CargoNet and FreightWatch International, two cargo theft reporting firms, are warning truckers to expect an increased risk of cargo theft over the Labor Day weekend.
Labor Day weekend cargo thefts from 2012-2015 had an average value of $159,654 according to FreightWatch. In 2015 alone, 89 percent of Labor Day cargo thefts happened in California, Texas, Florida and Georgia. The total value of cargo stolen from 2012-2015 added up to $13.6 million, according to CargoNet.
So how can truckers keep that from happening to them?
FreightWatch recommends logistics and security professionals ensure security protocols are up to date and in line with industry best practices, particularly for in-transit and warehouse operations. Those two areas are anticipated to be heavily targeted over the Labor Day weekend.
CargoNet also recommends drivers secure their trailers with high security barrier seals and hardened padlocks, secure tractors with high security locking devices and arrive to their point of pickup well-rested, showered, fed and with a full fuel tank.
Notable thefts from previous Labor Day weekends, from CargoNet:
- $5,700,000 in cell phones from a warehouse in New Castle, Delaware
- $1,300,000 in silver from a port in Montreal, Quebec, Canada
- $800,000 in cell phones from a truck stop in Jackson, Tennessee
- $360,000 in electronics from Ontario, Canada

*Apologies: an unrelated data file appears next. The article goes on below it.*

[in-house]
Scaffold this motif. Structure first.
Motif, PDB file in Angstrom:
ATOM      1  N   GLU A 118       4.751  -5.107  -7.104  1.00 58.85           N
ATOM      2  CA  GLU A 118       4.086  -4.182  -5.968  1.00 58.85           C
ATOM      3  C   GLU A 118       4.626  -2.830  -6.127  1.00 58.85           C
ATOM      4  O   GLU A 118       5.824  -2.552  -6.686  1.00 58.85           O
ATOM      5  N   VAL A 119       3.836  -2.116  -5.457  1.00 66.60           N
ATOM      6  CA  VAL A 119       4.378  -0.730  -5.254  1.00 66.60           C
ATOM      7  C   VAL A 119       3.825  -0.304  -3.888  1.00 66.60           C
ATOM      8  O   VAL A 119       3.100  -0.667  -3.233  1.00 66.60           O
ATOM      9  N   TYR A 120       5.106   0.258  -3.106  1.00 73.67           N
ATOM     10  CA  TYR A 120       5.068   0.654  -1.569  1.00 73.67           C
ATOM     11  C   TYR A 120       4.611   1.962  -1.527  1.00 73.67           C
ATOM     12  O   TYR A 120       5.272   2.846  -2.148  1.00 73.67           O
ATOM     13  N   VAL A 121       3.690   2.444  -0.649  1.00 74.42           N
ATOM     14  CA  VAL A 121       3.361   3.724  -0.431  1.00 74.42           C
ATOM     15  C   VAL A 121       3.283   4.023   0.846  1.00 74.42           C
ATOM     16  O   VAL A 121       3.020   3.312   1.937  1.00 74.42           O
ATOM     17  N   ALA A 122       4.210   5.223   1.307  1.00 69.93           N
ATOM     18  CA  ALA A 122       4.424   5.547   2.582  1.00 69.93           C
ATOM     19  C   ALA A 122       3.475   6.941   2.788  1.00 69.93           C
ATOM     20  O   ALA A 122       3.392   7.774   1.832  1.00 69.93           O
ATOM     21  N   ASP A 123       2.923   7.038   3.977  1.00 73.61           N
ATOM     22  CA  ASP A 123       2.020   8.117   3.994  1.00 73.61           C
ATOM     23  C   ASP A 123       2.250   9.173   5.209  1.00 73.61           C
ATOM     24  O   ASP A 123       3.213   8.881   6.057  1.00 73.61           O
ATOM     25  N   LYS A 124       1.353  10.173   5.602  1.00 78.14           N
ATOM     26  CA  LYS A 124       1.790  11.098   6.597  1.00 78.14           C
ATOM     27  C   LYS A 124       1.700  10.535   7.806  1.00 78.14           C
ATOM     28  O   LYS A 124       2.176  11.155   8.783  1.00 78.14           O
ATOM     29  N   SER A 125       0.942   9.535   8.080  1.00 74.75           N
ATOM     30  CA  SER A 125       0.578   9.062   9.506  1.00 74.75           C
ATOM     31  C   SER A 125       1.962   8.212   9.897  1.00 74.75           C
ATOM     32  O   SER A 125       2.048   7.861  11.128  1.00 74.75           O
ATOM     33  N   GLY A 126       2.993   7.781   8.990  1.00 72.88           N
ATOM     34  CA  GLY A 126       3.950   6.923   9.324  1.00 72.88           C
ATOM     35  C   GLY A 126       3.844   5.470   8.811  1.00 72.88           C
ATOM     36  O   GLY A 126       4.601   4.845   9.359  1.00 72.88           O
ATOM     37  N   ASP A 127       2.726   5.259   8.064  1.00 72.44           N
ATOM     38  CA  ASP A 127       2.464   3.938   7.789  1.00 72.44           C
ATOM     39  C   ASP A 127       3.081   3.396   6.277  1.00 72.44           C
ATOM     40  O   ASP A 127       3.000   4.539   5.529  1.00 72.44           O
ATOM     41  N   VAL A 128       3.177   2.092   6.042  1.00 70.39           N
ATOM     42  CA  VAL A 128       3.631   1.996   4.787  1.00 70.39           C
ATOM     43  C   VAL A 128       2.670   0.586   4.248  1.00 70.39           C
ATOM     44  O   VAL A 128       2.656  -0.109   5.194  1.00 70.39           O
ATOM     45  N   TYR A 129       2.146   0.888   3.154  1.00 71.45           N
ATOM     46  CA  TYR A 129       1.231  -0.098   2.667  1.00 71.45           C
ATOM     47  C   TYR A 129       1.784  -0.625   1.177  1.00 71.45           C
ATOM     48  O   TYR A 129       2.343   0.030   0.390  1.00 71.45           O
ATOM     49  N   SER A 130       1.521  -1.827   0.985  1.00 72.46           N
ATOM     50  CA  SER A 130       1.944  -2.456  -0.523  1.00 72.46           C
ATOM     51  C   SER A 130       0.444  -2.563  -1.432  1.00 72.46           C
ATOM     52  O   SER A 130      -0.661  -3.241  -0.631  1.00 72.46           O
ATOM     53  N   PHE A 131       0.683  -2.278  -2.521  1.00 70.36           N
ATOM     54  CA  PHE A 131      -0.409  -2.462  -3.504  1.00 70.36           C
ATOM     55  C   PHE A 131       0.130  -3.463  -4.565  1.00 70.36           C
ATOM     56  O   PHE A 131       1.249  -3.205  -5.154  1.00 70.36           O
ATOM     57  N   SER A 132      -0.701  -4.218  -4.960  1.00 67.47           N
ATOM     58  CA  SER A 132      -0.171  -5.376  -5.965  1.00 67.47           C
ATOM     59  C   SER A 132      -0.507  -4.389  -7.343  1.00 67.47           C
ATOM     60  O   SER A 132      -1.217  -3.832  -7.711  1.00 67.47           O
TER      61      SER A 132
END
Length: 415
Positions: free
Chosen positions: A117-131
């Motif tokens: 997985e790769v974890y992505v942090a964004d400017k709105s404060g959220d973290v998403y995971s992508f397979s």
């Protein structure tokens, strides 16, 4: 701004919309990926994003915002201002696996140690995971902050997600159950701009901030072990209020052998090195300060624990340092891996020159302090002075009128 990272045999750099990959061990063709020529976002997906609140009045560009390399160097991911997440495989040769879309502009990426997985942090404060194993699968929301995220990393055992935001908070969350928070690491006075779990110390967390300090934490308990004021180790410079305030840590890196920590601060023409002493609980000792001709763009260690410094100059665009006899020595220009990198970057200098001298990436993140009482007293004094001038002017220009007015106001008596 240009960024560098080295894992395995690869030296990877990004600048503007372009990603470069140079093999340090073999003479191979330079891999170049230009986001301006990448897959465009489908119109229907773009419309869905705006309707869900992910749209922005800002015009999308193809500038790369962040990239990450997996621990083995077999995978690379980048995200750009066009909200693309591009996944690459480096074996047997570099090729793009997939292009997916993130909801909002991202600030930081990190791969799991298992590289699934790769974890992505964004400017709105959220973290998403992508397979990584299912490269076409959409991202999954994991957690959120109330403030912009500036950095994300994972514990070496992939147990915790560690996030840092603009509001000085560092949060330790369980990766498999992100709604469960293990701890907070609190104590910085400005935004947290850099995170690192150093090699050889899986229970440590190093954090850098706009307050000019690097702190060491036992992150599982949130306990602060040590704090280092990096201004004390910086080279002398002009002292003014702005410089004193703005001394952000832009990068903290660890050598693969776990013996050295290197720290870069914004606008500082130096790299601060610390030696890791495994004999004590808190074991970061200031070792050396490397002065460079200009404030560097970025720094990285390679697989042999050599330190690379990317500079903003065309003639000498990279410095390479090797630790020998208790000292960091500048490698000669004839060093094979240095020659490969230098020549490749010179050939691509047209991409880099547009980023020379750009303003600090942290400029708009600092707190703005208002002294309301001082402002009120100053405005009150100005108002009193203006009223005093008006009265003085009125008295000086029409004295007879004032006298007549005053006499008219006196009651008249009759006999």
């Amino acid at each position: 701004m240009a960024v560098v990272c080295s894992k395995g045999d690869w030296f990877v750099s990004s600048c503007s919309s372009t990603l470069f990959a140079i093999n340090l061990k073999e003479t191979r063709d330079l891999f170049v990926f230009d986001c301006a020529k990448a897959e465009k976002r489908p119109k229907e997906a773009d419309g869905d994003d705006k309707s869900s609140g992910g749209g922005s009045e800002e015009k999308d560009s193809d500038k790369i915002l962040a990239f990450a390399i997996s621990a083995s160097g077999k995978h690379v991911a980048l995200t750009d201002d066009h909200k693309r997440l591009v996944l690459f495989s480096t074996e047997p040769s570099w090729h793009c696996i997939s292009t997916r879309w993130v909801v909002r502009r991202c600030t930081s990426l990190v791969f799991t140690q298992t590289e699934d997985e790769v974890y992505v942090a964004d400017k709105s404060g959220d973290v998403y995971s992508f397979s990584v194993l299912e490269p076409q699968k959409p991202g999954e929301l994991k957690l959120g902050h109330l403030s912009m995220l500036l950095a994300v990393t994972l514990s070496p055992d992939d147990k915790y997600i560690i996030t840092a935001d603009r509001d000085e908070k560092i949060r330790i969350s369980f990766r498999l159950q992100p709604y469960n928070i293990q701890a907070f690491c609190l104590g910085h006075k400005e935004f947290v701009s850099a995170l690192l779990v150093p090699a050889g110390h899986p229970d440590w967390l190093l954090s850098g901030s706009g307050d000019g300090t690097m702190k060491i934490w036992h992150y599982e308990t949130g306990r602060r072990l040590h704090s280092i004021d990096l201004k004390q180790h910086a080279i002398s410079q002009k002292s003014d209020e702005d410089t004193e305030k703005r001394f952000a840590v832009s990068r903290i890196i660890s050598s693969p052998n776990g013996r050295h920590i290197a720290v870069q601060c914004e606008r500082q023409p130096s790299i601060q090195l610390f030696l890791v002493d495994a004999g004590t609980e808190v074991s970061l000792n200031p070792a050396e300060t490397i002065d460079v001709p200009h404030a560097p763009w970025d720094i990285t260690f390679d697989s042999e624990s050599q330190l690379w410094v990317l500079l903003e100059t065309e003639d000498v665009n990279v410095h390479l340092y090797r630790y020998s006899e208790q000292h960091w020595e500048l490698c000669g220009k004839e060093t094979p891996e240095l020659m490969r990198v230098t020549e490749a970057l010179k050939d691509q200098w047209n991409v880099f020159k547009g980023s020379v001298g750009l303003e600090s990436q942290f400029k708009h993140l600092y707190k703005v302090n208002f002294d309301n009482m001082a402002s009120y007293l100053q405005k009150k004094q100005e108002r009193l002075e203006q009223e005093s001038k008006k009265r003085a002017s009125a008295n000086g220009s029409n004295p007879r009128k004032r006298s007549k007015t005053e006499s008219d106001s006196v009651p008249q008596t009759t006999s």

- $300,000 in apparel and accessories from New Brunswick, New Jersey
Notable thefts from 2012-2015 Labor Day weekends, from FreightWatch:
- Pilferage of $1.5 million in cell phones in Tennessee
- Full truckload theft of $250,000 in seafood in Florida
- Facility theft of $200,000 of computers in California
- Full truckload theft of $680,000 of television in California
- Fictitious pickup of $500,000 of apparel in California
- Pilferage of $273,000 of pharmaceuticals in Georgia
On the traffic side, the National Safety Council is anticipating more roadway deaths this Labor Day weekend than in any of the past eight years. They estimate the number of roadway deaths will be over 430. Roadway deaths are up 9 percent in 2016 in general, with 19,000 people having died on the road in the first half of the year. NSC warns the total number of roadway deaths for 2o16 could end up being as much as 40,000.